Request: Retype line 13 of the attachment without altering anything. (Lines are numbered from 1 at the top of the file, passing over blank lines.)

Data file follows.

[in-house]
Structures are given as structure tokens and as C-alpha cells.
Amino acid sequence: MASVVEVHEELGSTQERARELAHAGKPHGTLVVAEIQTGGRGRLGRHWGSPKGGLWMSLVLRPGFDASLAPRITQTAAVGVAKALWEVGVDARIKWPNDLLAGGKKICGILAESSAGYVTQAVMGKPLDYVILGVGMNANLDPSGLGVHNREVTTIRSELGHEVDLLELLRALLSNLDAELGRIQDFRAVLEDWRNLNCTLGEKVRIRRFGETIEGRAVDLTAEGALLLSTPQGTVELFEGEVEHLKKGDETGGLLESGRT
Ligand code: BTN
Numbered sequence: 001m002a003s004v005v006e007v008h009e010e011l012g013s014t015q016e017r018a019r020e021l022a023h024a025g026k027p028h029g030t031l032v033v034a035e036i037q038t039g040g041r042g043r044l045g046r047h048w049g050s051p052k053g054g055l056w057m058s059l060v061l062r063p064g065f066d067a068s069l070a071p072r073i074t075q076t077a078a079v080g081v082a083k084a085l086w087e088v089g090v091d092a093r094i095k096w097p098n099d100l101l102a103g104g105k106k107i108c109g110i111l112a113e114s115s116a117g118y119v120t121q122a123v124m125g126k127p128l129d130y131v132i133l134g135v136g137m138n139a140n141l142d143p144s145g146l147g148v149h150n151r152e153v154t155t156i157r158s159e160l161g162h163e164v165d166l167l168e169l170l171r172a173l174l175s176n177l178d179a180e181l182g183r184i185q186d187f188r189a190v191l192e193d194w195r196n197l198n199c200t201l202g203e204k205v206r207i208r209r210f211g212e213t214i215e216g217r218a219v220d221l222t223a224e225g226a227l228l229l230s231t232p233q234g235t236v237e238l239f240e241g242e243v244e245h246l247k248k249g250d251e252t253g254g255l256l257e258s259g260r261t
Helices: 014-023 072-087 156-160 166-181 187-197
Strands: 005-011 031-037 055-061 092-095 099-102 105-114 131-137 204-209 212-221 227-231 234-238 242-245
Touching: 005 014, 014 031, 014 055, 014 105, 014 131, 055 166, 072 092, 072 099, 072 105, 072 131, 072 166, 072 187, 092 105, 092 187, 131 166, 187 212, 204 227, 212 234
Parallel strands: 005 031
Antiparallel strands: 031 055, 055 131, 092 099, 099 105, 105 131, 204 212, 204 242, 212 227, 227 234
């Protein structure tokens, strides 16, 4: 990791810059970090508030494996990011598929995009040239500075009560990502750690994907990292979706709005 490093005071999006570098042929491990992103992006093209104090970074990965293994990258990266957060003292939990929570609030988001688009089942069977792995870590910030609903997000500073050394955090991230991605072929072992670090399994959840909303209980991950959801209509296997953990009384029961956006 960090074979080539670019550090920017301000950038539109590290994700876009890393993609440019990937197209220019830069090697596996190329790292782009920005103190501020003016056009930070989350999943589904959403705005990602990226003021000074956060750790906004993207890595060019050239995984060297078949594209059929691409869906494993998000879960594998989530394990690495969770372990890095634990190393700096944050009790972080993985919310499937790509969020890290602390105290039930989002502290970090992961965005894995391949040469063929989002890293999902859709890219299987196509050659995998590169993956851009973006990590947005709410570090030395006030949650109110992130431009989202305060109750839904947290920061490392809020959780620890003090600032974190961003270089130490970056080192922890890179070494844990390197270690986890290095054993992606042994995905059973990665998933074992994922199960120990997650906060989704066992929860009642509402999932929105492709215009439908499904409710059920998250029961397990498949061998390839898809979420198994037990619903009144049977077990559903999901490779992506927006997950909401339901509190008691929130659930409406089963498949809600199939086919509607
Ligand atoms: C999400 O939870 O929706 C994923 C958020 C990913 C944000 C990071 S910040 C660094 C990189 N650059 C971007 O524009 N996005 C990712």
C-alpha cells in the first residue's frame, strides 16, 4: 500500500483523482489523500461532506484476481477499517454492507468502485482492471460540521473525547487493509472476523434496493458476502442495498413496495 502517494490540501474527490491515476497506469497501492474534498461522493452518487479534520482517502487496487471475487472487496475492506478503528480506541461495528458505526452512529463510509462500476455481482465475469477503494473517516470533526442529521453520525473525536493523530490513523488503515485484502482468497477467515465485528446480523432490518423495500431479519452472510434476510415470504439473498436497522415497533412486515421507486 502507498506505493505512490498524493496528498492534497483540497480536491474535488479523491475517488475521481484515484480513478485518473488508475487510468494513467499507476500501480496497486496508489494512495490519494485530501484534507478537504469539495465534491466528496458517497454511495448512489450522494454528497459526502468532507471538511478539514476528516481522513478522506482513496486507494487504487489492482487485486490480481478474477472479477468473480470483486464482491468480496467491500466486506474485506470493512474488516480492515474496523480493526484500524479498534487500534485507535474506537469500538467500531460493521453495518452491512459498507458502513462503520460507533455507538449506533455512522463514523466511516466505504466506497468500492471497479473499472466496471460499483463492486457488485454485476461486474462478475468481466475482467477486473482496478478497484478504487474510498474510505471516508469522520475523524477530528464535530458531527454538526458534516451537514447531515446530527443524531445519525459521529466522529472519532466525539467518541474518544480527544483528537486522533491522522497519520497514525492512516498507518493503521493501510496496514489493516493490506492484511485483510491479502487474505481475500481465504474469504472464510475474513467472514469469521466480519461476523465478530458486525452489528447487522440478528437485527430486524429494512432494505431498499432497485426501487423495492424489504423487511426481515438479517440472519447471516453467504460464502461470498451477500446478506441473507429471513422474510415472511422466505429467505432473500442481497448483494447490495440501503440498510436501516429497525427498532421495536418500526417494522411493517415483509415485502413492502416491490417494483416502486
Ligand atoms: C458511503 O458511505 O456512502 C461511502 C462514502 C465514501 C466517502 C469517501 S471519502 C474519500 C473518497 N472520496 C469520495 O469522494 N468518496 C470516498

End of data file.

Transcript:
C-alpha cells in the first residue's frame, strides 16, 4: 500500500483523482489523500461532506484476481477499517454492507468502485482492471460540521473525547487493509472476523434496493458476502442495498413496495 502517494490540501474527490491515476497506469497501492474534498461522493452518487479534520482517502487496487471475487472487496475492506478503528480506541461495528458505526452512529463510509462500476455481482465475469477503494473517516470533526442529521453520525473525536493523530490513523488503515485484502482468497477467515465485528446480523432490518423495500431479519452472510434476510415470504439473498436497522415497533412486515421507486 502507498506505493505512490498524493496528498492534497483540497480536491474535488479523491475517488475521481484515484480513478485518473488508475487510468494513467499507476500501480496497486496508489494512495490519494485530501484534507478537504469539495465534491466528496458517497454511495448512489450522494454528497459526502468532507471538511478539514476528516481522513478522506482513496486507494487504487489492482487485486490480481478474477472479477468473480470483486464482491468480496467491500466486506474485506470493512474488516480492515474496523480493526484500524479498534487500534485507535474506537469500538467500531460493521453495518452491512459498507458502513462503520460507533455507538449506533455512522463514523466511516466505504466506497468500492471497479473499472466496471460499483463492486457488485454485476461486474462478475468481466475482467477486473482496478478497484478504487474510498474510505471516508469522520475523524477530528464535530458531527454538526458534516451537514447531515446530527443524531445519525459521529466522529472519532466525539467518541474518544480527544483528537486522533491522522497519520497514525492512516498507518493503521493501510496496514489493516493490506492484511485483510491479502487474505481475500481465504474469504472464510475474513467472514469469521466480519461476523465478530458486525452489528447487522440478528437485527430486524429494512432494505431498499432497485426501487423495492424489504423487511426481515438479517440472519447471516453467504460464502461470498451477500446478506441473507429471513422474510415472511422466505429467505432473500442481497448483494447490495440501503440498510436501516429497525427498532421495536418500526417494522411493517415483509415485502413492502416491490417494483416502486